Since cars were first invented, racing has played a socially responsible role by improving safety. As Earth reaches a tipping point with climate change, racing needs to adapt to these new needs and requirements, which is where Extreme E’s unique strategy becomes increasingly important.

The Extreme E experience is more than simple racing. Each race is accompanied by a legacy program designed to offset damage done by climate change and to erase the footprint caused by the events.

Foust, a biology major from the University of Colorado, was given the chance to rekindle his interest and give back to the environment ahead of the Copper X Prix.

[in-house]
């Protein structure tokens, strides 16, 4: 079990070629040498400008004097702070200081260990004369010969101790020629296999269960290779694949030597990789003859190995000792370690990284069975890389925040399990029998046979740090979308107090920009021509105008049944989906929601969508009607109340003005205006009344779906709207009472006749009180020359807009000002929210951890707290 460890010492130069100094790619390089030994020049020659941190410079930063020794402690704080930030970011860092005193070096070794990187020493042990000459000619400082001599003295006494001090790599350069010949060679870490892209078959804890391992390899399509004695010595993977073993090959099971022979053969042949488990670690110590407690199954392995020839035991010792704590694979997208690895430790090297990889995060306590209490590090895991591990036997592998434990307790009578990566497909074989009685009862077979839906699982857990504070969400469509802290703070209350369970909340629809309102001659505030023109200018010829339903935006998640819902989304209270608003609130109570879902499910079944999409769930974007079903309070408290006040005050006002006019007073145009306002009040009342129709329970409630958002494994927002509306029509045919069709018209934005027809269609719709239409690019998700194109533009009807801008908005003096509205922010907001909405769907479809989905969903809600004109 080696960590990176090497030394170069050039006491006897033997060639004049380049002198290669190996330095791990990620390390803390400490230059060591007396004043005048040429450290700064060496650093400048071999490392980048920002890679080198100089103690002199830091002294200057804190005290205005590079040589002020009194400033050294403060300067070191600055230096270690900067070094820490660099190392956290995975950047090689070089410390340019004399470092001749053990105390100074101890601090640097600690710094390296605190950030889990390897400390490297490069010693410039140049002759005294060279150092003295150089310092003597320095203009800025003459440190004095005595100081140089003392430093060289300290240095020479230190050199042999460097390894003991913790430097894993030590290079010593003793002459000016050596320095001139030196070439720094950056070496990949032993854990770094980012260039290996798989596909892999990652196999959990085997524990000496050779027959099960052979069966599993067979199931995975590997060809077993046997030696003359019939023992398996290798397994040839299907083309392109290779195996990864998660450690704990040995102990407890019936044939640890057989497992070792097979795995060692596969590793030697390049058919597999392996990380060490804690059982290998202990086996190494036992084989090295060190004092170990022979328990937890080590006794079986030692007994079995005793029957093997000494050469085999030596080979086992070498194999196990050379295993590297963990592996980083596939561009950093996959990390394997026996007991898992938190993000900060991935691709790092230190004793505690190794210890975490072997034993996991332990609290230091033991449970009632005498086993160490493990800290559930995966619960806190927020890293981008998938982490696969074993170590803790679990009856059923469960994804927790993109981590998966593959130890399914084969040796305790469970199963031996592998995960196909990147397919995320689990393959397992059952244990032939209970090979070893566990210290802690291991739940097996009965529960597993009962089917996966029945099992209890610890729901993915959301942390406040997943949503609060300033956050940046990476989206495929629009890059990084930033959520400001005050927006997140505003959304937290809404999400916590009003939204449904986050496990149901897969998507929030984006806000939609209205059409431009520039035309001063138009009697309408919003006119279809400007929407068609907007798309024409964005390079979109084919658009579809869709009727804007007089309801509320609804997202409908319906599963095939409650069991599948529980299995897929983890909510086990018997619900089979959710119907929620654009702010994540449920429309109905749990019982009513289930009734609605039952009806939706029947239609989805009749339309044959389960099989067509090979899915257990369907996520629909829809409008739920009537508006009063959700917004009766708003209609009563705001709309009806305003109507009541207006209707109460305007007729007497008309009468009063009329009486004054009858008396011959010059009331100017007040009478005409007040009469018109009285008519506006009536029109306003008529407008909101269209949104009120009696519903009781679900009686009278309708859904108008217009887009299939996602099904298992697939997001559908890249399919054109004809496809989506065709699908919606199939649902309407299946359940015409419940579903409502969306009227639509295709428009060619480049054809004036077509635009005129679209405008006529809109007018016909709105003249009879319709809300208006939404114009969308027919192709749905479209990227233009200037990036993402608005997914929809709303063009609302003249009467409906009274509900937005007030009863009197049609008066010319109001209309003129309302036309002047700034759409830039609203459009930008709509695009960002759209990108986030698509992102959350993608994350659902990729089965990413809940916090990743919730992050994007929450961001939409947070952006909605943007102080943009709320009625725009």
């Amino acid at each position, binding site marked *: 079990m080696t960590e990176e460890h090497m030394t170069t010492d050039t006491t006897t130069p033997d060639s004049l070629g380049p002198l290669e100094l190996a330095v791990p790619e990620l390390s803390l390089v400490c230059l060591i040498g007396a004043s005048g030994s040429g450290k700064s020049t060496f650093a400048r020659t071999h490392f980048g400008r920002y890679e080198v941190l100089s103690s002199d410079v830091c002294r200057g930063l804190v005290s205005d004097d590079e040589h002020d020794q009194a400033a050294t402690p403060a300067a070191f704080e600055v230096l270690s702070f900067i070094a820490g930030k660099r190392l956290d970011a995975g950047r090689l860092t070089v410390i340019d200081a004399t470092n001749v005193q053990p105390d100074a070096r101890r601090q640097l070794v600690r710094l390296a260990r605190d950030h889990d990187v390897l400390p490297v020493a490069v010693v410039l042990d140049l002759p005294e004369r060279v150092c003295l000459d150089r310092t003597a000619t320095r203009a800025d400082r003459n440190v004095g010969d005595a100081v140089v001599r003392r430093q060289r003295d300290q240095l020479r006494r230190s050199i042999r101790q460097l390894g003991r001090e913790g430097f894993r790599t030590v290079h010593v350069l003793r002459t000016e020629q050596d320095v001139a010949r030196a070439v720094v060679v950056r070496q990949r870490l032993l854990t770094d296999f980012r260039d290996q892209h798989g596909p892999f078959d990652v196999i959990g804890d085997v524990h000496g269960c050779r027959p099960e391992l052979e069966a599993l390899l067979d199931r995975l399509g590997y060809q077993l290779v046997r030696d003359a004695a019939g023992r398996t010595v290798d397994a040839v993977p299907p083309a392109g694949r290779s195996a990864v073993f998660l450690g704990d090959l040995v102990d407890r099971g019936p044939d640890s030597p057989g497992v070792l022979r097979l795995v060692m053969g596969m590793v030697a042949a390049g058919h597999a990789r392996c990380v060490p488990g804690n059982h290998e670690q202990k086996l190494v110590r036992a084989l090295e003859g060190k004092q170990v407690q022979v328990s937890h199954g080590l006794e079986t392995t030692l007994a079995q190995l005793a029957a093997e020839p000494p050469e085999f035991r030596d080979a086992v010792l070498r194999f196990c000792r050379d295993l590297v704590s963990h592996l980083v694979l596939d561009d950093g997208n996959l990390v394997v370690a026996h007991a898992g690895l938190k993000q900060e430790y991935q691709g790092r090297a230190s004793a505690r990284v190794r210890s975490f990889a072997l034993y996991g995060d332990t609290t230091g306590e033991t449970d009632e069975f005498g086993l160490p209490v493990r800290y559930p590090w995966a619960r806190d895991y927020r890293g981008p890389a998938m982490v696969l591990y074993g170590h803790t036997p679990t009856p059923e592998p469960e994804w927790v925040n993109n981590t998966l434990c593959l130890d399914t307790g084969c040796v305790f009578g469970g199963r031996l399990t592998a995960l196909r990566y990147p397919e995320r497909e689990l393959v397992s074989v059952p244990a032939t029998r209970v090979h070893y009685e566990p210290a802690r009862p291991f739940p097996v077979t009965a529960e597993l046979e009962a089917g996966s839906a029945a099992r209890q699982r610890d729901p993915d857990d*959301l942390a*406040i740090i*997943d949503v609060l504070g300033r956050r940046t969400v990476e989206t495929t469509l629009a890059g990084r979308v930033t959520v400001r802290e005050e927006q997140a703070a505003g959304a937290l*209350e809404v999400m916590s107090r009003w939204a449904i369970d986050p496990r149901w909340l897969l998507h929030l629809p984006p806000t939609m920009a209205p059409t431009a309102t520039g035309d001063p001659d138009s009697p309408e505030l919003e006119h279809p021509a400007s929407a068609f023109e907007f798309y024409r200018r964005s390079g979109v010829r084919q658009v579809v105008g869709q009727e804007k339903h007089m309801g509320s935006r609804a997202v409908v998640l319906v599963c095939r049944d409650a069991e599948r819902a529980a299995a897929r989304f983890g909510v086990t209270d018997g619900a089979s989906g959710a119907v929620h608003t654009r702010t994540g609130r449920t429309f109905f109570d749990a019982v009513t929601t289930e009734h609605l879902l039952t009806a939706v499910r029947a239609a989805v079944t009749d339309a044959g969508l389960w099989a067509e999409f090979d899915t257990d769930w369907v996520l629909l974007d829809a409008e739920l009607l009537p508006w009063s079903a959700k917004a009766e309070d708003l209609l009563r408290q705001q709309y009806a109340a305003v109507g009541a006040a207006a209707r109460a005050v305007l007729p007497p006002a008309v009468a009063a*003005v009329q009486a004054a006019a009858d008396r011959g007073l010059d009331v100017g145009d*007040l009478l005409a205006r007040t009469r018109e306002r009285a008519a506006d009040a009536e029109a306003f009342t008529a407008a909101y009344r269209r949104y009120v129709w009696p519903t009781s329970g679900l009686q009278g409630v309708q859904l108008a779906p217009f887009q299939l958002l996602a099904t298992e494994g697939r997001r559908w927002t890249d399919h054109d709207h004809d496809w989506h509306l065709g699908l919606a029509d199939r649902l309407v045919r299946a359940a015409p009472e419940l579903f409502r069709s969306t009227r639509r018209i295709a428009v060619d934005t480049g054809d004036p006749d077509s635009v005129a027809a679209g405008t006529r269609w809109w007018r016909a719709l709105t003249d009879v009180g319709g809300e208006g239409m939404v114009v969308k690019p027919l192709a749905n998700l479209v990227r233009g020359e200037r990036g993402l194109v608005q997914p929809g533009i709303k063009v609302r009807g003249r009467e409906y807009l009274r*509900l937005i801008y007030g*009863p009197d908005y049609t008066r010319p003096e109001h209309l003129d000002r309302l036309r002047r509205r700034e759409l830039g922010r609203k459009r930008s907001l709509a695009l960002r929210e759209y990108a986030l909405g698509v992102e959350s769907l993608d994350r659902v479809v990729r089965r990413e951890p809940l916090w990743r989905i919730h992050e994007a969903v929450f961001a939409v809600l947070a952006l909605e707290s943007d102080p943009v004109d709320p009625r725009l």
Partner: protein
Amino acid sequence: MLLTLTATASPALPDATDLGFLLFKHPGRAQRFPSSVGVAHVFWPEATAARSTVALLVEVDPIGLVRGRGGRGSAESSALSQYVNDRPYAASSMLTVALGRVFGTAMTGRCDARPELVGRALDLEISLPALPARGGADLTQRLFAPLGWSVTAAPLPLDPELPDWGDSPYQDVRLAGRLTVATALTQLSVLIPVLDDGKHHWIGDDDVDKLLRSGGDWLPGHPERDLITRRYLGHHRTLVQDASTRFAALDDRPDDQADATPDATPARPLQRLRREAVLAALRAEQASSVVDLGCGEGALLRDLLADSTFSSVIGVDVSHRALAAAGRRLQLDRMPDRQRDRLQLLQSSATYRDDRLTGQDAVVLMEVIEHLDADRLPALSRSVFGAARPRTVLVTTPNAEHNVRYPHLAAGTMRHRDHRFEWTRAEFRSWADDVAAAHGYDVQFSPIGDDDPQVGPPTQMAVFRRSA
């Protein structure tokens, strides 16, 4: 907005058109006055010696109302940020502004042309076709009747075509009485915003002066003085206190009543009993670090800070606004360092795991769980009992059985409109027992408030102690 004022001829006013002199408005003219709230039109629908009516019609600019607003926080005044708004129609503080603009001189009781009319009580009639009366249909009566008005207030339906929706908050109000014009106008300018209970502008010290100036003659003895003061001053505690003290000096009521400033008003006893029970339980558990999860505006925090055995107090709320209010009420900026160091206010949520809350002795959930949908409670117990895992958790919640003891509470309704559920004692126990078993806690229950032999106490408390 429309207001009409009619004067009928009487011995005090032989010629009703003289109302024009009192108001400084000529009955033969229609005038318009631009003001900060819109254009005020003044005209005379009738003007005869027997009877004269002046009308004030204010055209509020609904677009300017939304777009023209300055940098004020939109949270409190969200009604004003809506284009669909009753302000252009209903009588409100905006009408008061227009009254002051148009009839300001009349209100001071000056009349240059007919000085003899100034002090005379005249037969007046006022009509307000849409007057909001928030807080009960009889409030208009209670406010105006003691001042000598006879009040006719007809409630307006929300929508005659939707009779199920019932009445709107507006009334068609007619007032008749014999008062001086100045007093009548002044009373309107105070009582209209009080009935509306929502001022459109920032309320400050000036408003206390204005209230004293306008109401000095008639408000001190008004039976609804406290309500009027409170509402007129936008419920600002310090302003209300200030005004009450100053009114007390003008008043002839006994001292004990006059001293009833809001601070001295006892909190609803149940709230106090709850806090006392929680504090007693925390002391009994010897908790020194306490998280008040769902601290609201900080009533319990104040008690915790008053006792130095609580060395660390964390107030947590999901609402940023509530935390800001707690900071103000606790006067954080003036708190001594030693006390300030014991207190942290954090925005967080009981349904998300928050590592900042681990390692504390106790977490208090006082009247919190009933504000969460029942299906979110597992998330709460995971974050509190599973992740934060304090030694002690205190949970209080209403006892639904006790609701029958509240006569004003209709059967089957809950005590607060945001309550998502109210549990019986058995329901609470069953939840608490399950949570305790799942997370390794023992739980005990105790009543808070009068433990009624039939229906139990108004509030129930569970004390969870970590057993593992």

The Atacama is the oldest desert in the world at 150 million years. It is the driest place on earth and has the highest degree of ultraviolet light. And yet somehow life perseveres through underground rivers with oases dating back to Incan times. Foust participated in preparing a local habitat for the reintroduction of a critically endangered water frog to Chile’s longest river, the Loa, which snakes its way through the desert.

“I’m loving the experience,” Foust said. “I’m putting on a lot of Chapstick, a lot of sunscreen. What a fascinating part of the world. I never would have come here otherwise.

“I honestly am very honored to be a part of this sport. I am a huge believer in the fact that motorsports has done us good in the last 100 years. I think we benefit every single time we put our seatbelts on and drive down the road to the lessons learned in racing since the turn of the century. And I really hope motorsports continues that tradition.

“I think that motorsports like [Extreme E] does it in a responsible way, a gender-neutral way and a carbon-neutral way.”